Holy, Holy, Holy, is the Lord of hosts, the whole earth is full of His glory.
If somebody asked your best friend to describe you in one word, what word would they use? Is there one word that captures who you are? Maybe they would say, “Oh, he is funny.” Does that mean you’re funny all the time? No, there are probably times you are serious. You probably don’t laugh through that many funerals. Or they might say, “Oh, she’s spontaneous.” Does that mean you’re always spontaneous? There are probably a few things you plan for as well. The truth is, there’s probably no single word that describes you. And that would be true about God as well. God is a number of characteristics. He is omnipotent: all-powerful. He’s omniscient: all-knowing. He is immutable: unchangeable. Those are things that are true about God all the time. But even though those things are true about God all the time, there is no single word that sums up God. God is greater than all His attributes combined just as you are greater than all your attributes combined.
But if we had to pick a single characteristic of God that transcends all others, it would be the word “holy.” When the prophet Isaiah saw a vision of the Lord high and lifted up, he saw angels circling the throne of God and crying out, “Holy, Holy, Holy, is the Lord of hosts, the whole earth is full of His glory” (6:3). It is interesting that the seraphim did not cry out, “Love, love, love” or “Justice, justice, justice” or “Omnipotent, omnipotent, omnipotent.” Instead the single attribute of God they cried out about was His holiness. Holy, holy, holy.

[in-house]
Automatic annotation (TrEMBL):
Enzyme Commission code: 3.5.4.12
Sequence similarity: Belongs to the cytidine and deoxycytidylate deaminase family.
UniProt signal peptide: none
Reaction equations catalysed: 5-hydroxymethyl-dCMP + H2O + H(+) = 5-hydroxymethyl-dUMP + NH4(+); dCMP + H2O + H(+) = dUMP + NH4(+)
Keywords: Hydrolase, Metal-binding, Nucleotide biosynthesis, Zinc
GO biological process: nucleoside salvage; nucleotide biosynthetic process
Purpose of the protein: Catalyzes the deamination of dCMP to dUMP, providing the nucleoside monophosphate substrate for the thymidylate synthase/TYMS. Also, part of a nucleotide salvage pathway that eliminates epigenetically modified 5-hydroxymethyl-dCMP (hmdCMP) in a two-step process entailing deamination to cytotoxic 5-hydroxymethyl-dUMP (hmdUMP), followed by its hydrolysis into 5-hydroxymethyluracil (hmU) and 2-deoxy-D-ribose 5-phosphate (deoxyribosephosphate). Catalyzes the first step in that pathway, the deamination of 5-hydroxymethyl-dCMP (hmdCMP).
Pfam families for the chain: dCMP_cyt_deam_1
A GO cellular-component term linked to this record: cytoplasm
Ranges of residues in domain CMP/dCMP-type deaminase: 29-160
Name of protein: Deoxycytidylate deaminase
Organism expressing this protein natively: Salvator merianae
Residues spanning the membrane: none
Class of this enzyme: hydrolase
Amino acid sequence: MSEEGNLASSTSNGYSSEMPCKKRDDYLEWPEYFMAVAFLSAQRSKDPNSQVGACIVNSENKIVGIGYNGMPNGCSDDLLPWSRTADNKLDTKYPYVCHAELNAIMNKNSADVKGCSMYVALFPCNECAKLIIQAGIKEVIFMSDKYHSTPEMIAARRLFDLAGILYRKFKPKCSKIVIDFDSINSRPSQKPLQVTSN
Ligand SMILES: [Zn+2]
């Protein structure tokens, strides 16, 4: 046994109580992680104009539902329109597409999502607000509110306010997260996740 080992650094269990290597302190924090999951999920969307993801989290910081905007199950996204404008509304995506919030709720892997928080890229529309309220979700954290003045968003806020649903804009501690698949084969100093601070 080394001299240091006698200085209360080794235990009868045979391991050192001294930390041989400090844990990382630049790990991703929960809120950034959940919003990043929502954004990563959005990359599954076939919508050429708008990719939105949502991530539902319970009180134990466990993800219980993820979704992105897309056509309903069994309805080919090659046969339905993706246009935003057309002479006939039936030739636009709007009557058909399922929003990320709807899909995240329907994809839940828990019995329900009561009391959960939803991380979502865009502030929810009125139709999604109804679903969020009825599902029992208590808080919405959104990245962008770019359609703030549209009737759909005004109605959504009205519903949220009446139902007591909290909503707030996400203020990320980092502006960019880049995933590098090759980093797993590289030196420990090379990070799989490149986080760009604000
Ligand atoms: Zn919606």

What does the word “holy” mean? It comes from a Hebrew word that means “to cut” or “to separate.” When we say God is holy, we’re saying He is a cut above anyone in heaven or earth. When Isaiah saw the separateness of God, how did he respond? In Isaiah 6:5, he said, “Woe is me, for I am ruined! Because I am a man of unclean lips, and I live among a people of unclean lips; for my eyes have seen the King, the Lord of hosts.” The true God is different than any other god. Pagan religions picture their gods as participating in evil, but not the true God. Habakkuk said this about the true God: “Your eyes are too pure to approve evil, and You can not look on wickedness with favor” (1:13). God has zero tolerance for sin. We are so fallen as human beings we imagine ourselves to be more tolerant and loving than God is. We say, “Why can’t God be accepting of people like we are? We hang around sinners, and we don’t mind it. And we’re able to overlook sin in our life as well as the sin in other people. Why can’t God be more like that?” Our ability to tolerate sin in ourselves and others is not a sign of our godliness; it’s a sign of our ungodliness. We are comfortable with sin because we are sinners, but God is absolute purity and holiness, so He has no tolerance for sin of any kind. And it is that zero tolerance for sin that creates distance between God and us. God is not like we are. He is the one true God who is holy, who is different, and who can only be approached in one way. And the old way was one way.
Today’s devotion is excerpted from “The Old Way Was One Way” by Dr. Robert Jeffress, 2015.
Scripture quotations are taken from the NEW AMERICAN STANDARD BIBLE®, Copyright © 1960, 1962, 1963, 1968, 1971, 1972, 1973, 1975, 1977, 1995 by The Lockman Foundation. Used by permission.